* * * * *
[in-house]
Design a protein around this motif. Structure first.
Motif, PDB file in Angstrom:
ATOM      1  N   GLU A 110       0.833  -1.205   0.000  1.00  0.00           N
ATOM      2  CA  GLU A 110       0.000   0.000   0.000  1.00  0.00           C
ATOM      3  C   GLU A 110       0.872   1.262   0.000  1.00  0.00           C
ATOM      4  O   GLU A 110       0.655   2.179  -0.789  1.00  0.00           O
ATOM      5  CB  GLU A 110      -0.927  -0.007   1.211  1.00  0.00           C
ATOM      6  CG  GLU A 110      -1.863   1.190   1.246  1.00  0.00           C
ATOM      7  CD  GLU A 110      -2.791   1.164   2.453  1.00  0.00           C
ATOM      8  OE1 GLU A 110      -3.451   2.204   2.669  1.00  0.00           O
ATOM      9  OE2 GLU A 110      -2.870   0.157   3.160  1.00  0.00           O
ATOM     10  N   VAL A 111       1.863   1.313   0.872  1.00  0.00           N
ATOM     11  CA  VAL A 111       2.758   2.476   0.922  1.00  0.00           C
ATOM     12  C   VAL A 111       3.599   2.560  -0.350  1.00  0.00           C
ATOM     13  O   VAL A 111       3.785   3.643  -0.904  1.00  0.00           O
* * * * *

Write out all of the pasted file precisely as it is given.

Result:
[in-house]
Design a protein around this motif. Structure first.
Motif, PDB file in Angstrom:
ATOM      1  N   GLU A 110       0.833  -1.205   0.000  1.00  0.00           N
ATOM      2  CA  GLU A 110       0.000   0.000   0.000  1.00  0.00           C
ATOM      3  C   GLU A 110       0.872   1.262   0.000  1.00  0.00           C
ATOM      4  O   GLU A 110       0.655   2.179  -0.789  1.00  0.00           O
ATOM      5  CB  GLU A 110      -0.927  -0.007   1.211  1.00  0.00           C
ATOM      6  CG  GLU A 110      -1.863   1.190   1.246  1.00  0.00           C
ATOM      7  CD  GLU A 110      -2.791   1.164   2.453  1.00  0.00           C
ATOM      8  OE1 GLU A 110      -3.451   2.204   2.669  1.00  0.00           O
ATOM      9  OE2 GLU A 110      -2.870   0.157   3.160  1.00  0.00           O
ATOM     10  N   VAL A 111       1.863   1.313   0.872  1.00  0.00           N
ATOM     11  CA  VAL A 111       2.758   2.476   0.922  1.00  0.00           C
ATOM     12  C   VAL A 111       3.599   2.560  -0.350  1.00  0.00           C
ATOM     13  O   VAL A 111       3.785   3.643  -0.904  1.00  0.00           O